“Something is rotten in the state of Denmark,” declares an officer in Hamlet, and this is where I thought the Bard was gravely mistaken.  In May 2014, my husband and I visited Denmark, Sweden, and Norway.  Everything we encountered there looked beautiful, and in spite of the cold and rain, this beauty seemed almost surreal.  In the Nyhavn part of Copenhagen, brightly painted houses along the canal sparkled like jewels in the rare moments of sunlight. In Elsinore, the brooding Kronborg castle, the fictional home of Shakespeare’s Hamlet, was an image of somber beauty and overwhelming power as if still threatening Sweden across the narrow gulf.

In the magnificent Copenhagen, we did not see many cars: a sky-high tax of almost 180% on cars made bicycles, buses and ferries much more attractive. The Danes are highly conscious of their environment: over half of their garbage is recycled and more than 20 percent of their energy needs are provided by windmills.  “Copenhagen to be the World’s First Carbon-Neutral capital,” Newsweek declared in August 2014. Indeed, this part of Europe is arguably one of the most sophisticated on the continent, and Scandinavians are among the most educated and prosperous Europeans, with the least income disparity. Denmark, like other Scandinavian countries, is also the most highly taxed and socialistic, but their people, the happiest we ever met, think it works: They consider their home countries the best places in the world.  All three nations – Denmark, Sweden, and Norway – regularly top every survey of wealth and quality of life. However, as we discovered during our visit, this highly sophisticated, perfectly organized, everything-for-the-people civilization has its dark sides.  Perhaps Shakespeare did know what he was talking about. 

In retrospect, reflecting on our May 2014 visit, our meetings and our conversations that took place in all three Scandinavian capitals, it seems that the February 2015 violence in Copenhagen was not as unexpected and shocking.

Painful Journey: Collecting Jewish stories of Scandinavia

A few weeks prior to our May 2014 trip, I came across a December 2012 issue of Standpoint. Norway, I learned from that British magazine, could soon top one shocking ranking: the first country in Europe to become “Judenfrei,” the Nazi term for the ethnic cleansing of Jews.  Then a friend emailed me intriguing 2013 documents:  “Anti-Semitism in Norway? – The Attitudes of the Norwegian Population towards Jews and Other Minorities” and “FRA (European Union Agency for Fundamental Rights) Survey: Discrimination and Hate Crimes against Jews in EU Member States. “ The Jews of Scandinavia seemed to be talking to me daily from my computer screen. “How to Survive as a Jew in Sweden: Shut up and Fade into the Woods,” wrote Annika Hernroth-Rothstein in the Mosaic Journal. “Hiding Judaism in Copenhagen,” Michael Moynihan corroborated in an article in Tablet.  I knew that our trip would contain another facet: a painful journey into the past and present of Scandinavian Jewry.

In our attempt to understand the complex realities of the Scandinavian Jewish story, Denmark was at the center of our visit.  After all, this was the only country in the world that defied Hitler and saved its Jewish community almost in its entirety.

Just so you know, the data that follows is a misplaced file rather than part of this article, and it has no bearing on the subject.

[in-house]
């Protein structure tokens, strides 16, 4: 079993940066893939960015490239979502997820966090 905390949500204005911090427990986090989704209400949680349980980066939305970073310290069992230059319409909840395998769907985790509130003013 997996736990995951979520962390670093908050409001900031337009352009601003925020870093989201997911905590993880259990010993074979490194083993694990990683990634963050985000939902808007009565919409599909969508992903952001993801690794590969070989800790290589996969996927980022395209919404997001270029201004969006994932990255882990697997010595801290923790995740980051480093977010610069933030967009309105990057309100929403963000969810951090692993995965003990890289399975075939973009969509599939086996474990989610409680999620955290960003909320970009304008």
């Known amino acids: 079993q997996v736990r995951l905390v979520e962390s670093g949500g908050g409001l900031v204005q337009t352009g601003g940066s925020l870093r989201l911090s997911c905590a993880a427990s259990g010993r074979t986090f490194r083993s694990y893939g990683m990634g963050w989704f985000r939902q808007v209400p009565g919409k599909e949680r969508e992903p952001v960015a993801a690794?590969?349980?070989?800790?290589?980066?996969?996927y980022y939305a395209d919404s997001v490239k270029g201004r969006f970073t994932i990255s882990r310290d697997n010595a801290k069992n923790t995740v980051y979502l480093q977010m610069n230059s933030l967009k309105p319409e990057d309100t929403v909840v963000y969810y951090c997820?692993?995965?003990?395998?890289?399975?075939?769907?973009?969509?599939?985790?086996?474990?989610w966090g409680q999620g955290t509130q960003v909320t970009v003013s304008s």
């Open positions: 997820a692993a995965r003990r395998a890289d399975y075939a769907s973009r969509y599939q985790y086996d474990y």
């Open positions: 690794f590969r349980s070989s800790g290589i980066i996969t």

Denmark – past

Denmark became the first of the Scandinavian countries where Jews were permitted to settle.  In 1622, the Renaissance Danish King Christian IV, ever a pragmatist, sent a message to the Sephardic (or as they were called in Denmark, “Portuguese”) Jews of Amsterdam and Hamburg inviting them to come to his kingdom and settle, not in his capital of course, but in the newly-established town of Glukstadt. The king had his mint there, but no mintmaster.  The Jews came, and quickly succeeded in everything they were permitted to do, from running the royal mint to trading and manufacturing, to finance and jewelry making. As documented in the royal archives, Benjamin Mussafa was a physician to the royal family in 1646. His son-in-law rose to become a governor of the Danish West Indies in 1684 (alas, arrested and convicted few years later for misappropriation of funds). In Denmark, unlike any other European country, rabbis were permitted to openly practice and teach Judaism to their communities.  Following the costly Thirty Years' War (1618-1648), Frederik III encouraged a larger Jewish immigration into his realm to improve his international trade status.  By 1780, there were approximately 1,600 Jews in Denmark, though all were admitted on the basis of personal wealth. But the Jews of Denmark were not required to live in ghettos and had a significant degree of self-governance.  In the late 18th century, the king instituted a number of reforms. Jews were allowed to join guilds, study at the university, buy real estate, and establish schools. The Napoleonic Wars brought about a complete emancipation of Danish Jews.

The 19th century saw a flourishing of Danish-Jewish cultural life. The Great Synagogue of Copenhagen was built, designed by the renowned architect G. F. Hetsch. A number of Jewish cultural personalities rose to prominence.  Among them were art benefactor and collector Mendel Levin Nathanson, popular writer Meir Aron Goldschmidt, and literary critic Georg Brandes, who had a strong influence on Norwegian playwright Henrik Ibsen.  In the outbreak of World War I, the great Jewish Yiddish writer Sholem Aleichem and his family found a refuge in Copenhagen fleeing from violent anti-Semitism in Russia and Ukraine.  There, Sholem Aleichem began writing his tragicomedy “It’s Hard to be a Jew.” While enjoying an open and inclusive atmosphere in the Danish capital city, the Jewish writer, with his typical sardonic irony, placed the action of this play in “a city in Czarist Russia where Jews were not permitted to reside.” Denmark proved to be a different story.